I usually go to bed around 10.30 – I need my sleep – unfortunately I have had 3 babies who have woken 5-15 times a night, every night until they were 2. So most days are spent in a degree of sleep deprived exhaustion. Seriously, almost seven years solid of such broken nights, I will be able to take over the world when I’m getting my sleep!
I am a high energy multi-tasker. I love the buzz of projects, I get swept up with enthusiasm for my latest thing: if there’s no enthusiasm, it’s unlikely a thing will get done. I have great starting energy – and leave a lot of part-finished projects in my wake!
Talking about my day in a linear manner doesn’t really give you a sense of it – I am always multi-tasking: I will be planning an article whilst putting the baby to sleep or reading on the toilet, or blogging and watching TV. Rarely do I get a chance to do anything uninterrupted, so I use my time to the full. My life is woven of multiple strands, on multiple levels, and each is a crucial part of the whole tapestry. If I leave one part untouched for too long a hole emerges in the fabric of my life. I find it mostly manageable because it is inner directed and home based. When I was doing a lot of stuff outside of the house: trying to settle baby to bed before running out to meetings, having to be at certain places at a certain time, I found that really stressful, and more like trying to keep plates spinning on sticks. I prefer weaving!
Through your research, what common characteristics have you noticed in creative mums?
There are so few words about the real experience of mothering and the real experience of being a woman. We tend to lack the language, the courage, the sense of value to be able to give words to our realities and our dreams. My book is an attempt to put language to the reality of being the most fabulous, and misunderstood of creatures: a creative mother.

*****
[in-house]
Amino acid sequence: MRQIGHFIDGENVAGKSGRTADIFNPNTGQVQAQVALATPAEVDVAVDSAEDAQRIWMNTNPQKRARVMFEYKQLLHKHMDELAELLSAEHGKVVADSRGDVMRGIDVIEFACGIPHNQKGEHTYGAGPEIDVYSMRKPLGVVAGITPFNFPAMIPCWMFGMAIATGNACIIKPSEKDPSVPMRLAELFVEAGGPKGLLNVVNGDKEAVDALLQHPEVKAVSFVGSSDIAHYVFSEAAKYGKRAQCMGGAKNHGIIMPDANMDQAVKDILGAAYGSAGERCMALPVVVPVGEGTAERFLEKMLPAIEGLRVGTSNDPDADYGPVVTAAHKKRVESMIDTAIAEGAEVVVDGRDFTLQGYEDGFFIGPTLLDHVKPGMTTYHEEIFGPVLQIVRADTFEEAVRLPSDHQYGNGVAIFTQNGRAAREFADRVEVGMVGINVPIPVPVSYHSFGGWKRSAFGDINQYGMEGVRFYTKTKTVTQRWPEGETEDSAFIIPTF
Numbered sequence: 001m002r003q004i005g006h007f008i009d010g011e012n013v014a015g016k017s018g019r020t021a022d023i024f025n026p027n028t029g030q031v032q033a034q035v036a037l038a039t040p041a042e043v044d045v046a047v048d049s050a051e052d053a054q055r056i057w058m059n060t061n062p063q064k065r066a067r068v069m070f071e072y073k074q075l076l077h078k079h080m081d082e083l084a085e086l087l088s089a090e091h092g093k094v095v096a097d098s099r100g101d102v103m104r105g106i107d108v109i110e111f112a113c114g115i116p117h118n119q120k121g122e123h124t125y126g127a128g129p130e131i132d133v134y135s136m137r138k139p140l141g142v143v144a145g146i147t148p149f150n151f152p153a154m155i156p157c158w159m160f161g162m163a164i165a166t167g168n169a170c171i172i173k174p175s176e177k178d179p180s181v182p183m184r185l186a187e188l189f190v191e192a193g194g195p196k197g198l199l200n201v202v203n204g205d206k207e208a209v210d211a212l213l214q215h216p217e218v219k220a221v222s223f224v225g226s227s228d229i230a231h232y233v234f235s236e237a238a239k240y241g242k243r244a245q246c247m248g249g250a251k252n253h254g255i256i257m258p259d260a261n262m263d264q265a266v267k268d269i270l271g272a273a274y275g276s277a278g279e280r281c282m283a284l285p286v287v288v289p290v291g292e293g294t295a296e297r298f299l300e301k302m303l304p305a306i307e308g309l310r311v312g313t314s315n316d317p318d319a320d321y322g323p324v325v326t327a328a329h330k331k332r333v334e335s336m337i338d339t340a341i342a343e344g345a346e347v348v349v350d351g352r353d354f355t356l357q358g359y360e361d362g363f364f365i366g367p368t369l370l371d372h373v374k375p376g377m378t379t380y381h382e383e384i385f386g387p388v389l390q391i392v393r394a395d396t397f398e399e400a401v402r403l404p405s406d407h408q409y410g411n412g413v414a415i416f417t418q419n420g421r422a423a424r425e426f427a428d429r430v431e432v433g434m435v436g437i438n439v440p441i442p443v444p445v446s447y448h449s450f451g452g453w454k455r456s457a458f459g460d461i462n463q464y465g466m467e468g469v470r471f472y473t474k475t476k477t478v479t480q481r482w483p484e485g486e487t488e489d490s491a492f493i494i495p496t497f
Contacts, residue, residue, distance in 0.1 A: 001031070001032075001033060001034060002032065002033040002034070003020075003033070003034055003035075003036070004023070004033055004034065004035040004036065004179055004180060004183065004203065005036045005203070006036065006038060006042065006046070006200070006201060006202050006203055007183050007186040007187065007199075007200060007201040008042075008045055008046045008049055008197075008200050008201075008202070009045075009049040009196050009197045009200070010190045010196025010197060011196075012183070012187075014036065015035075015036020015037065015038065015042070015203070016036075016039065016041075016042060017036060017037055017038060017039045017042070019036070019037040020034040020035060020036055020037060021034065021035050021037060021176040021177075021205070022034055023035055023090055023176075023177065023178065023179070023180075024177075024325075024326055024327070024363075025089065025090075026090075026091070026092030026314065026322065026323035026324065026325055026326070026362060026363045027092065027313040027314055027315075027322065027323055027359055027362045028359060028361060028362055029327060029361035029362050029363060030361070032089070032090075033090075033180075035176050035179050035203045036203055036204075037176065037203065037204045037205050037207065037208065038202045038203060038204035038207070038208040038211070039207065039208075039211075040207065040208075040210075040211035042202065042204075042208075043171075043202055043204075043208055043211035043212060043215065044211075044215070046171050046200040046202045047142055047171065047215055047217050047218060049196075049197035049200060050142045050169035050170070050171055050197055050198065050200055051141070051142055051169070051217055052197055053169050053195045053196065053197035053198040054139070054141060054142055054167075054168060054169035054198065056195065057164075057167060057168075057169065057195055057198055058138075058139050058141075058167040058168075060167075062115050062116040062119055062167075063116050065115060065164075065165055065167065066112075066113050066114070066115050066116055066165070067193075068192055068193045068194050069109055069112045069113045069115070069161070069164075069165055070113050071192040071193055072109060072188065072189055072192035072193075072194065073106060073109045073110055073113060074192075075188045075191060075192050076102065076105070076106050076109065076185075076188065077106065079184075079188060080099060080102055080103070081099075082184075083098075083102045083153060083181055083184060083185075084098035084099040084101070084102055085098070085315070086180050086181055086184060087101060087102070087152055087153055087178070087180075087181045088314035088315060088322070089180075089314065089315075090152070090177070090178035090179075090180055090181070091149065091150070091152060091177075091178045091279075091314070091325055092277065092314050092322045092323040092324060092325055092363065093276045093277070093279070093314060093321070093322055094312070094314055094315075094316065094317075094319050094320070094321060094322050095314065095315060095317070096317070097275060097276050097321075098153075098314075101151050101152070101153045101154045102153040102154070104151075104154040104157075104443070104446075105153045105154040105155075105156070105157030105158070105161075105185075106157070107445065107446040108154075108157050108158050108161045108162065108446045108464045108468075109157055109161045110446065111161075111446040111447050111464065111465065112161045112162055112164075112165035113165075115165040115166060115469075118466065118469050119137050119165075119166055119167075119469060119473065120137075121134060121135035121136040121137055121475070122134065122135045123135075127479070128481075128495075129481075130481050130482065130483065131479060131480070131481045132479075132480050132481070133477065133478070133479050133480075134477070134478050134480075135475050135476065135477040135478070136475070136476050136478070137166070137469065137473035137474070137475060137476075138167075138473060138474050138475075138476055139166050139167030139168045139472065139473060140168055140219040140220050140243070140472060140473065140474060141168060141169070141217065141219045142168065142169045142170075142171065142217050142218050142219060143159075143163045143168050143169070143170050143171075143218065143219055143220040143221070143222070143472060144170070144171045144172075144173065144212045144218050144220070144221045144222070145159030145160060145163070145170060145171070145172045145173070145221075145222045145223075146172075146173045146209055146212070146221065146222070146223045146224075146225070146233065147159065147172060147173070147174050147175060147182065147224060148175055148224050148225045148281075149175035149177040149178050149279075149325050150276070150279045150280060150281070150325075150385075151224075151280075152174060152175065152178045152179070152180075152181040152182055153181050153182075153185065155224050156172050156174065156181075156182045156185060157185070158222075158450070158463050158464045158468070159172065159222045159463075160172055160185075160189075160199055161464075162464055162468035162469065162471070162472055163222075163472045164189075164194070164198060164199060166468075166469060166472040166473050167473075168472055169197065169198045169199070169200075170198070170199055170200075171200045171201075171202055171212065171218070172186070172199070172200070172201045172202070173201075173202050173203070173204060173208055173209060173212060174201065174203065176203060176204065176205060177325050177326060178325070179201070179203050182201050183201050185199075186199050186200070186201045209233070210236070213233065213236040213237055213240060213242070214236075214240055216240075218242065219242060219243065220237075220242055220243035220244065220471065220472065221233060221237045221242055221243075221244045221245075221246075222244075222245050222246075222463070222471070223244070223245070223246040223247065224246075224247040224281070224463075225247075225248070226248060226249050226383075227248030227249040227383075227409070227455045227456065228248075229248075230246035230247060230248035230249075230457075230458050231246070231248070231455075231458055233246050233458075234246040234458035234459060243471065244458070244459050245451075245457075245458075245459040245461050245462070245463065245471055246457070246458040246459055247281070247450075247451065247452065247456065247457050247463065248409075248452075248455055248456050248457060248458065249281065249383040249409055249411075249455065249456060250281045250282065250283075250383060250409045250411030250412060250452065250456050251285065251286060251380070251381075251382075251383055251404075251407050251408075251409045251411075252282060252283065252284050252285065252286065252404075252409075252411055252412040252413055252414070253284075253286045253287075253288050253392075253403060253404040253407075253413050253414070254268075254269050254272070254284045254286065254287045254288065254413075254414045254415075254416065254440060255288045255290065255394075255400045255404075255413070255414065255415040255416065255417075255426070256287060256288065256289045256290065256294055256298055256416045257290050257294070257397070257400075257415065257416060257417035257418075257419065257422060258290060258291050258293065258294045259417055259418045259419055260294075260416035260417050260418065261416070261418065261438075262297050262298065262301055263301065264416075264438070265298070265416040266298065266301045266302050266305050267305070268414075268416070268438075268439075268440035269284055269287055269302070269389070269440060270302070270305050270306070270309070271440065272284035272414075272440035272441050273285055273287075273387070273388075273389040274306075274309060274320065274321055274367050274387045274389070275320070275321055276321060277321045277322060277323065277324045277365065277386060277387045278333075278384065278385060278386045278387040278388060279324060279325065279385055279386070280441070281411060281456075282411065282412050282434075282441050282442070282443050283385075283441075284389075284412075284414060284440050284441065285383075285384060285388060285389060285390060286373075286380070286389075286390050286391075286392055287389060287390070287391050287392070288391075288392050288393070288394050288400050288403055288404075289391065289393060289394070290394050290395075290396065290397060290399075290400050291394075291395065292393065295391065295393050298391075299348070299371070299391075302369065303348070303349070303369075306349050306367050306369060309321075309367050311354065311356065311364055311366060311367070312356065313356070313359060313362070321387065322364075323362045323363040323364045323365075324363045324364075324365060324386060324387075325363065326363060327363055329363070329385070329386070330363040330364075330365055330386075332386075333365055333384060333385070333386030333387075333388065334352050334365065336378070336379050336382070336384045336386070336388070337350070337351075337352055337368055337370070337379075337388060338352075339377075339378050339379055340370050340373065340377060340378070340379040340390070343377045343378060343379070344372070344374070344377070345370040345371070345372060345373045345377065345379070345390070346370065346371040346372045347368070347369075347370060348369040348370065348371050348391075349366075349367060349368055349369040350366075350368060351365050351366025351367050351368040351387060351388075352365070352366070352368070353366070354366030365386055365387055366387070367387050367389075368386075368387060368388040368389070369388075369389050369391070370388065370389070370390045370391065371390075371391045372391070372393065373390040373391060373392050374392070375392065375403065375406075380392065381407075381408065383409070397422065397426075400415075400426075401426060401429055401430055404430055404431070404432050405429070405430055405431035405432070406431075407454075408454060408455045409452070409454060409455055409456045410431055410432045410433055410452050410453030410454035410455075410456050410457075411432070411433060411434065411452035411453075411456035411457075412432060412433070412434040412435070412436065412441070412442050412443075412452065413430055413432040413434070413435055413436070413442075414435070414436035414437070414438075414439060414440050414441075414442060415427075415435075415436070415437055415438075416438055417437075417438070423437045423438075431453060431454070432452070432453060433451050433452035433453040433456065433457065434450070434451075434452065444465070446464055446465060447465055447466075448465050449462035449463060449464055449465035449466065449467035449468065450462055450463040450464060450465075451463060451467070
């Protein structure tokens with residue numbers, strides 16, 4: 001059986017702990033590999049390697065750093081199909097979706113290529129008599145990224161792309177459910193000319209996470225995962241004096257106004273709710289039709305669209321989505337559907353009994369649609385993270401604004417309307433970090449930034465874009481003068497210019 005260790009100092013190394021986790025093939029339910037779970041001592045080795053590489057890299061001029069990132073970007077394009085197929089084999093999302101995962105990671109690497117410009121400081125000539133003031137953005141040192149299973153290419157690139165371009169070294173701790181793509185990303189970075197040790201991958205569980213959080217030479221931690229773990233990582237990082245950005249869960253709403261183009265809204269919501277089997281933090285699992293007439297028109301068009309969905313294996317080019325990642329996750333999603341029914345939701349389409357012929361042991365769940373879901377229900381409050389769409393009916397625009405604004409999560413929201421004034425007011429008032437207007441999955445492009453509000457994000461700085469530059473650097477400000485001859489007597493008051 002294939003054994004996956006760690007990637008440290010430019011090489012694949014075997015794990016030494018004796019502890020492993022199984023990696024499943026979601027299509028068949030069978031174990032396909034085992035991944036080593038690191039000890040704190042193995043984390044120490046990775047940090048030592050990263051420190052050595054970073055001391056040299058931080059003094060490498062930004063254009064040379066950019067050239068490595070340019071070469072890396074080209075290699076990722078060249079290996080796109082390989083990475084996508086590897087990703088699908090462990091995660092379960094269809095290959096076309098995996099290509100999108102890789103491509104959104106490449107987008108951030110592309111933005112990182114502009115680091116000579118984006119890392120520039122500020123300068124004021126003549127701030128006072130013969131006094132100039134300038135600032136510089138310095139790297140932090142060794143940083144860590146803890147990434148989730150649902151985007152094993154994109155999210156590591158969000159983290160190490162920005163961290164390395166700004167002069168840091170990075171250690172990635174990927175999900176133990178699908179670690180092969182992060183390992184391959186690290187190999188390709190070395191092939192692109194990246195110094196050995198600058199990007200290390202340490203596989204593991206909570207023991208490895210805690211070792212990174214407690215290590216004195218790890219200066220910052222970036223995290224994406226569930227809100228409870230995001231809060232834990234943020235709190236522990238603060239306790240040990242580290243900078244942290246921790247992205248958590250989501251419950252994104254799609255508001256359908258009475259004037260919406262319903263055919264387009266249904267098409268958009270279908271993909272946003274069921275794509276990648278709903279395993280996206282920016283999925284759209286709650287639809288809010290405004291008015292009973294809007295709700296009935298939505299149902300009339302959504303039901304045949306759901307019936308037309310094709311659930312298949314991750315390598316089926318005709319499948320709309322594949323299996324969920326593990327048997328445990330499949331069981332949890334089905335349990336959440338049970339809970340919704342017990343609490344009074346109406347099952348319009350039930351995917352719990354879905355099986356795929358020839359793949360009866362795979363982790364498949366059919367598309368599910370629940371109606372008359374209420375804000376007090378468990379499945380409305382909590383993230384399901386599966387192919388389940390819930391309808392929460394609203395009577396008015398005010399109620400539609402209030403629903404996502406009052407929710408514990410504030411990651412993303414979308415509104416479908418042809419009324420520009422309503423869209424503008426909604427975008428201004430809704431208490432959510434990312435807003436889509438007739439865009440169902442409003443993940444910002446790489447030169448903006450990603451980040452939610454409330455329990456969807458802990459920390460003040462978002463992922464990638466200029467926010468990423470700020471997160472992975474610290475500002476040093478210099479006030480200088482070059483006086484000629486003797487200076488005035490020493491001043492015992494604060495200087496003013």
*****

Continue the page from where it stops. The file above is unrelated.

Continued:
Before a woman becomes a mother it might be the demands of her personal finances or a full time job that take up most of her time and energy. Often a lack of confidence stalls what creativity she enjoyed in her teens. But with motherhood many women find a creative renaissance… along with a diminishment of their time and energy.
The thing most creative mothers yearn for is acknowledgement – of their work, of their mothering, of the constant struggle they have for balance, and that they are doing a good job – that they are seen and appreciated.
I have learned that women’s experiences of motherhood is far more similar than different. Circumstances might be different, but the primal experience, is almost identical. I also learned that women tend not to share their darker feelings and experiences, though they have them, for fear of being judged a bad mother, of being incompetent, of having her children removed.
I realise your book is in the early stages of development, but can you share about when it may be available and from where?
The book proposal is currently with publishers and the reply is imminent. The waiting game is nerve-wracking! I’m hoping that it will be out in print late 2012, early 2013. Do keep up to date by following Dreaming Aloud on Facebook, Twitter and of course checking in with the blog.
Thank you so much for taking part in this interview, I can’t wait to read your book.
You can find Lucy at:
And listen to her speak Honouring Your Crazy Woman at The World’s Biggest Summit www.worldsbiggestsummit.com. This podcast was full of “aha!” moments for me, truly enlightening.